But Martin had a protector. While still in Worms, a scheme had been worked out by the Elector Frederick, the ruler and so-called “fox of Saxony.” He feared for Luther’s life beyond the three weeks of the Emperor’s safe-conduct. Frederick did not want to disobey the Emperor. Nor did he wish the reformer, his own citizen and the pride of his university in Wittenberg to die. His solution was to remove him from the public eye for a while and hope that things would settle down.

While on the road from Worms to Wittenberg, Frederick had Luther kidnapped and brought to Wartburg. There, he sealed him up in the castle where Luther grew a beard as a disguise and spent his days writing letters and translating the Greek New Testament into German. It took him eleven weeks, but he gave Germany a New Testament in her own tongue and the tool she needed to bring reform to the Church—and change the world.

Let us pray. Beloved God, in Christ you have drawn all your people into one, holy communion. Grant that, as we remember the saints who have gone before us, we may be sealed in the one true faith, and be strengthened for faithful service to you so that the world may know your blessed presence. Bring us at the last to the feast that has no end where all will be one; through your Son, Jesus Christ, our Savior and Lord, who lives and reigns with you and the Holy Spirit, one God, now and forever. Amen.

People are afraid. These are troubled times—just as all times are turbulent. Religious people can sometimes get a bit frenzied, pinning their hope on the wrong thing. Often, this hope is simply that soon it will all be over and they won’t have to deal with this troubled world any longer. These predictors of doomsdays go back to the time of the Reformers and still much earlier. And they are with us today.

Just over a month ago, a Christian numerologist and self-published author—whom I will leave unnamed but whose prediction went viral on social media—missed his prediction of the end of the world: September 23rd—just 33 days after the solar eclipse. In fact, he based his prediction on convoluted calculations and inferences centered around the number 33—that number, those calculations, and that the planet Nibiru would pass by earth on September 23, causing earthquakes, volcanic eruptions, and tidal waves. He further stated that a constellation would appear over Jerusalem on that day, triggering the launch of a series of catastrophic “tribulations” that would mean the end of life on earth as we know it.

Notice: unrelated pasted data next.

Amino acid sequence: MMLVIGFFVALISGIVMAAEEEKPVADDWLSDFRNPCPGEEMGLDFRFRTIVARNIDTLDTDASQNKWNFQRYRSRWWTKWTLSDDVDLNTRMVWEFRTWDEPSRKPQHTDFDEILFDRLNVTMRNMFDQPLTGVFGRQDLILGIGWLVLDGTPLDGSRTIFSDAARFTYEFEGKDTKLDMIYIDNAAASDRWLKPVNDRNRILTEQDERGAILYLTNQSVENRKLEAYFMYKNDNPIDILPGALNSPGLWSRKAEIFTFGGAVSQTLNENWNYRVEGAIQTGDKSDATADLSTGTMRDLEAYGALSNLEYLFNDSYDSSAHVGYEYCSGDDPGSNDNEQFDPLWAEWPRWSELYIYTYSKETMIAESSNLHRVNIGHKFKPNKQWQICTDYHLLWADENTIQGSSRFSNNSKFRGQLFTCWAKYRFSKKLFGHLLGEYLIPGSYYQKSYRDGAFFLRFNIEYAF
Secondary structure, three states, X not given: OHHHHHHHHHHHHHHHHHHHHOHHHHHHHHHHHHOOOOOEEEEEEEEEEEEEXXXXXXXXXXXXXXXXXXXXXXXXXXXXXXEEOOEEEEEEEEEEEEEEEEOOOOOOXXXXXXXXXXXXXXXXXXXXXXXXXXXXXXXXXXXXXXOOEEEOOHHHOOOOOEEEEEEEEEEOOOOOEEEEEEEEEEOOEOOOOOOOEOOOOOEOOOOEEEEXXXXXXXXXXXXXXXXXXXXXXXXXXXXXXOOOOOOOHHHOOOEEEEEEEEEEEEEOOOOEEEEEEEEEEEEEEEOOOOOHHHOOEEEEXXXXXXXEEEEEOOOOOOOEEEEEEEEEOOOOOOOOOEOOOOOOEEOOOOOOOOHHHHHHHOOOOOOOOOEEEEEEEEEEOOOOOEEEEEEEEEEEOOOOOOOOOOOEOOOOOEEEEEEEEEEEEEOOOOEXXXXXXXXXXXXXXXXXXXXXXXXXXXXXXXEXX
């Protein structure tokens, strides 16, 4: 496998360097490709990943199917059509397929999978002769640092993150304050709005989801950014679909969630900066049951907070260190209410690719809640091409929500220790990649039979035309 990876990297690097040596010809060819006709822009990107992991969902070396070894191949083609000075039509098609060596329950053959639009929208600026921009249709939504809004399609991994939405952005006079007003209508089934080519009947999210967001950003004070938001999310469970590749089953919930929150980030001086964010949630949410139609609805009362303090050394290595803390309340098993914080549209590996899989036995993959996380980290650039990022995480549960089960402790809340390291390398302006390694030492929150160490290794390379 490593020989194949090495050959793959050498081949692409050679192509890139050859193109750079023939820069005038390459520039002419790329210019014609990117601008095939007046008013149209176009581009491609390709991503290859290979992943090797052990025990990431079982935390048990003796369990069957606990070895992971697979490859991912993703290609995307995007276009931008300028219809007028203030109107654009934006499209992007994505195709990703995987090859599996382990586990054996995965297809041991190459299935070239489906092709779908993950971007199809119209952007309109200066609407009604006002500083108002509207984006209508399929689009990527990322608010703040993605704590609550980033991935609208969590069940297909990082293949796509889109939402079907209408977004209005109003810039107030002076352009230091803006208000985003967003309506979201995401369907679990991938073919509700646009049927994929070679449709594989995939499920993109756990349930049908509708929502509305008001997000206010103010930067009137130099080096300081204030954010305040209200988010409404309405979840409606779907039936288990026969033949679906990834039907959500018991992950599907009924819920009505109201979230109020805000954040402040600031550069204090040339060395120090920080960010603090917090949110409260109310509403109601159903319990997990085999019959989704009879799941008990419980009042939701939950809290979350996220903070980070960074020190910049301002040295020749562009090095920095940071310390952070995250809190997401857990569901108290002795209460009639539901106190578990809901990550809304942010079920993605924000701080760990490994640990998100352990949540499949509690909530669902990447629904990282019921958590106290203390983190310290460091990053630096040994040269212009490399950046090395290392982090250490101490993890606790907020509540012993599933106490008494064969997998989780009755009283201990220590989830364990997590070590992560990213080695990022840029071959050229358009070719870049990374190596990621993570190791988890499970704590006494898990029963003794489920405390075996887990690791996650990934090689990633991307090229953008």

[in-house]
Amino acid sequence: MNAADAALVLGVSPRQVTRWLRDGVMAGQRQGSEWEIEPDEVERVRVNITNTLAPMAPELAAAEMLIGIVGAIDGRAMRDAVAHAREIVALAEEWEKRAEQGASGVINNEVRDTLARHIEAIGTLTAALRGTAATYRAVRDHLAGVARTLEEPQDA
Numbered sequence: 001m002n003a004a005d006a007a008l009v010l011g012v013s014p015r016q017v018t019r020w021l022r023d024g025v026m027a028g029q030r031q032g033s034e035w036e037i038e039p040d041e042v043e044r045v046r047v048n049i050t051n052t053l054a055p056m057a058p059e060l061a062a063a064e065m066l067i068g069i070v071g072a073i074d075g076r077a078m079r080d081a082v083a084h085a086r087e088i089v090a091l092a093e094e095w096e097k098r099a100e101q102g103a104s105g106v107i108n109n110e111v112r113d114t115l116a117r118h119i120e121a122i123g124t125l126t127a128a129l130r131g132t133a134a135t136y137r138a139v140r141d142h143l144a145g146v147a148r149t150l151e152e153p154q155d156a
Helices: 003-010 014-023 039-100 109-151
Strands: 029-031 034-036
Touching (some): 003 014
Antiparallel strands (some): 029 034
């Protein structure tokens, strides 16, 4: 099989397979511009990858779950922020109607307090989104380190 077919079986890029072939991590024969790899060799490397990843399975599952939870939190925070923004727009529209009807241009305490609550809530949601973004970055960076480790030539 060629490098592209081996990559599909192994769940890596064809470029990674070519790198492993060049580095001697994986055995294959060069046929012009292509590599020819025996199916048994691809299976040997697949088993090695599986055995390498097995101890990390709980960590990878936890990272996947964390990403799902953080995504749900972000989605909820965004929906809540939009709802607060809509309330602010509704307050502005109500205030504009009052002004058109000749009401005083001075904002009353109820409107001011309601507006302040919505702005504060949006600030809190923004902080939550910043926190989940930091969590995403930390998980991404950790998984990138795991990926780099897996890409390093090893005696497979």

In the meanwhile, NASA had repeatedly insisted that the planet Nibiru does not even exist. I, for one, am grateful that it does not, and that the world did not end on September 23, as Susan and I would have missed our 40th wedding anniversary by one day.

Now you may think that I am making light of this doomsday prophet, or of the whole lot of these apocalyptic preachers. I suppose I am, but I have good reason to do so. In John’s letter to the churches, The Revelation of Jesus Christ, one of God’s messengers or angels rose in the East from whence the star guided the ancient magi to the newborn Messiah. This angel appeared with the seal of the living God. The wrath of God was set to be unleashed on the world. But his wrath was stayed for a time—a time much longer than the Emperor’s three weeks—until all of God’s people, those whom the Apostle Paul called the Israel of God” (Gal 6:16), could be sealed on their foreheads.